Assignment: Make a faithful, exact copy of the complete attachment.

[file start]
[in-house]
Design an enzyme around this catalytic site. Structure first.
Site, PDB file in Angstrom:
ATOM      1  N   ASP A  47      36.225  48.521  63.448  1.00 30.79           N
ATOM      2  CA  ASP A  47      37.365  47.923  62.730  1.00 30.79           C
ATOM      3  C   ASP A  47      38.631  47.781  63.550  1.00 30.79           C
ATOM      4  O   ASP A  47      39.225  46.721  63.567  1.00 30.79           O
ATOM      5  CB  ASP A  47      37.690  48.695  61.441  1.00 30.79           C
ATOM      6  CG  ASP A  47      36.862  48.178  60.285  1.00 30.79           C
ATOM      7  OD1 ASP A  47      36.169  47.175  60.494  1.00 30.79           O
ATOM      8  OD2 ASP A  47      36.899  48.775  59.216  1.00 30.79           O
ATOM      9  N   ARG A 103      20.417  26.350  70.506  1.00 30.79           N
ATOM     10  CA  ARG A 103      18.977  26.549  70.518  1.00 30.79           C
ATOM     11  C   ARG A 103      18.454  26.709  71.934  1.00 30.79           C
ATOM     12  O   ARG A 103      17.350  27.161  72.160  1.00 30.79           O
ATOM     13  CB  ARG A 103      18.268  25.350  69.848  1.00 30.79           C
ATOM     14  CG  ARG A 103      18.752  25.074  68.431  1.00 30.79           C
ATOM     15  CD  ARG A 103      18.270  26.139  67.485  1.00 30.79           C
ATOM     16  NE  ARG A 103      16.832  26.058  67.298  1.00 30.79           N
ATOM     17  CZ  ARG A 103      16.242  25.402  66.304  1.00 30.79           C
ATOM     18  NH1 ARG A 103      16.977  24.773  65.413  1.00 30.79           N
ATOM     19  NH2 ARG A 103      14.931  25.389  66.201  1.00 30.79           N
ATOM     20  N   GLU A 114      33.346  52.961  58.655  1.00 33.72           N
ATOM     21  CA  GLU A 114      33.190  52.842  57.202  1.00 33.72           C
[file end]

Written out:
[in-house]
Design an enzyme around this catalytic site. Structure first.
Site, PDB file in Angstrom:
ATOM      1  N   ASP A  47      36.225  48.521  63.448  1.00 30.79           N
ATOM      2  CA  ASP A  47      37.365  47.923  62.730  1.00 30.79           C
ATOM      3  C   ASP A  47      38.631  47.781  63.550  1.00 30.79           C
ATOM      4  O   ASP A  47      39.225  46.721  63.567  1.00 30.79           O
ATOM      5  CB  ASP A  47      37.690  48.695  61.441  1.00 30.79           C
ATOM      6  CG  ASP A  47      36.862  48.178  60.285  1.00 30.79           C
ATOM      7  OD1 ASP A  47      36.169  47.175  60.494  1.00 30.79           O
ATOM      8  OD2 ASP A  47      36.899  48.775  59.216  1.00 30.79           O
ATOM      9  N   ARG A 103      20.417  26.350  70.506  1.00 30.79           N
ATOM     10  CA  ARG A 103      18.977  26.549  70.518  1.00 30.79           C
ATOM     11  C   ARG A 103      18.454  26.709  71.934  1.00 30.79           C
ATOM     12  O   ARG A 103      17.350  27.161  72.160  1.00 30.79           O
ATOM     13  CB  ARG A 103      18.268  25.350  69.848  1.00 30.79           C
ATOM     14  CG  ARG A 103      18.752  25.074  68.431  1.00 30.79           C
ATOM     15  CD  ARG A 103      18.270  26.139  67.485  1.00 30.79           C
ATOM     16  NE  ARG A 103      16.832  26.058  67.298  1.00 30.79           N
ATOM     17  CZ  ARG A 103      16.242  25.402  66.304  1.00 30.79           C
ATOM     18  NH1 ARG A 103      16.977  24.773  65.413  1.00 30.79           N
ATOM     19  NH2 ARG A 103      14.931  25.389  66.201  1.00 30.79           N
ATOM     20  N   GLU A 114      33.346  52.961  58.655  1.00 33.72           N
ATOM     21  CA  GLU A 114      33.190  52.842  57.202  1.00 33.72           C